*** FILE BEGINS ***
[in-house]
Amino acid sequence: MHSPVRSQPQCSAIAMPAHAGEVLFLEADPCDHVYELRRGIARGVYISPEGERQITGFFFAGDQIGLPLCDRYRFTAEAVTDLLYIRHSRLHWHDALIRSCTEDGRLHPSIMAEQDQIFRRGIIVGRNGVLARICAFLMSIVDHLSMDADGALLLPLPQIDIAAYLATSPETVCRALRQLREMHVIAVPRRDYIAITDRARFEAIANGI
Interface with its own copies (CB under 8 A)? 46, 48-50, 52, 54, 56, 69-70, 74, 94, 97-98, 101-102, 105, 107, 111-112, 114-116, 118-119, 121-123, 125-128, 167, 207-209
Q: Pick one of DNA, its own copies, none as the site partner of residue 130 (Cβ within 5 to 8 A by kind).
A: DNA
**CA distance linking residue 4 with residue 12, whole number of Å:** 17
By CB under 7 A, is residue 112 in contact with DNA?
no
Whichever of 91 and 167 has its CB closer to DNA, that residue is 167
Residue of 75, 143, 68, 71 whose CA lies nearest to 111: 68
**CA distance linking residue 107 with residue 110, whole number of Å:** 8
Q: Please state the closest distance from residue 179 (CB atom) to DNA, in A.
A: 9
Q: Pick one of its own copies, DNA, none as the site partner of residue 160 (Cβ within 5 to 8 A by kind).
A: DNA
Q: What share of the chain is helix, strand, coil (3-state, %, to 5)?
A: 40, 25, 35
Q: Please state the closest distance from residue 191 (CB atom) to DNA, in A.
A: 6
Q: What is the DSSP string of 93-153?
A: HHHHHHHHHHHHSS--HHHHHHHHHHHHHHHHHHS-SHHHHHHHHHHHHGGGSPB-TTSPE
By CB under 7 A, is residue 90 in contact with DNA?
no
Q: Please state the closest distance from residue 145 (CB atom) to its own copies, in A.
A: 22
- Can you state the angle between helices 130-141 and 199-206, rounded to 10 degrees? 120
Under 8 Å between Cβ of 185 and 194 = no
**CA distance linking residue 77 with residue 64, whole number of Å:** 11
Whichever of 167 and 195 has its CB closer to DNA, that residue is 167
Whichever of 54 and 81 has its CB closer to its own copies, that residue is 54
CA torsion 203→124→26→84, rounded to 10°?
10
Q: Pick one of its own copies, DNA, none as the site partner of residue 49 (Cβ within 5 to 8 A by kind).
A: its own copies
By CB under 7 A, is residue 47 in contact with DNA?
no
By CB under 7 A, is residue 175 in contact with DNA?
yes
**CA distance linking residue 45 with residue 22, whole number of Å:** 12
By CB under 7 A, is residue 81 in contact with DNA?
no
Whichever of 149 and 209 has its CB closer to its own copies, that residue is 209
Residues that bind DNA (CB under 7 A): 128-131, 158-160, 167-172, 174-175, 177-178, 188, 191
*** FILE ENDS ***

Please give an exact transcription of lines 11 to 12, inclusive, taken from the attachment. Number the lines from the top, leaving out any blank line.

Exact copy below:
**CA distance linking residue 107 with residue 110, whole number of Å:** 8
Q: Please state the closest distance from residue 179 (CB atom) to DNA, in A.